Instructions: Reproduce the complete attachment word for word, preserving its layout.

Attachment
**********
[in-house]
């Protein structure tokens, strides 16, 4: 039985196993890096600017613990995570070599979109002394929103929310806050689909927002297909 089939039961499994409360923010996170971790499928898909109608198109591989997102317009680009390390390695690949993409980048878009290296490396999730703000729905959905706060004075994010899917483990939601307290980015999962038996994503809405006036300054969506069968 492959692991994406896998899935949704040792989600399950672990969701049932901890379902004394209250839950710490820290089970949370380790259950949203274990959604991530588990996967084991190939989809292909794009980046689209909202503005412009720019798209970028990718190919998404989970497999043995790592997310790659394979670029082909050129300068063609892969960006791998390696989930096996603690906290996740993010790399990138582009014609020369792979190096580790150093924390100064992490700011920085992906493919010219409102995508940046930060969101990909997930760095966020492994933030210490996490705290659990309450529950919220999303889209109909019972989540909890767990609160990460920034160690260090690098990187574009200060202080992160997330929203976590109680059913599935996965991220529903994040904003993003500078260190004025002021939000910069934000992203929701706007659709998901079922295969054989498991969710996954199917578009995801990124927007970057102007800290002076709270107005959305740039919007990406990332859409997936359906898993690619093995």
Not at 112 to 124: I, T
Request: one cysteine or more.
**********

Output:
[in-house]
């Protein structure tokens, strides 16, 4: 039985196993890096600017613990995570070599979109002394929103929310806050689909927002297909 089939039961499994409360923010996170971790499928898909109608198109591989997102317009680009390390390695690949993409980048878009290296490396999730703000729905959905706060004075994010899917483990939601307290980015999962038996994503809405006036300054969506069968 492959692991994406896998899935949704040792989600399950672990969701049932901890379902004394209250839950710490820290089970949370380790259950949203274990959604991530588990996967084991190939989809292909794009980046689209909202503005412009720019798209970028990718190919998404989970497999043995790592997310790659394979670029082909050129300068063609892969960006791998390696989930096996603690906290996740993010790399990138582009014609020369792979190096580790150093924390100064992490700011920085992906493919010219409102995508940046930060969101990909997930760095966020492994933030210490996490705290659990309450529950919220999303889209109909019972989540909890767990609160990460920034160690260090690098990187574009200060202080992160997330929203976590109680059913599935996965991220529903994040904003993003500078260190004025002021939000910069934000992203929701706007659709998901079922295969054989498991969710996954199917578009995801990124927007970057102007800290002076709270107005959305740039919007990406990332859409997936359906898993690619093995």
Not at 112 to 124: I, T
Request: one cysteine or more.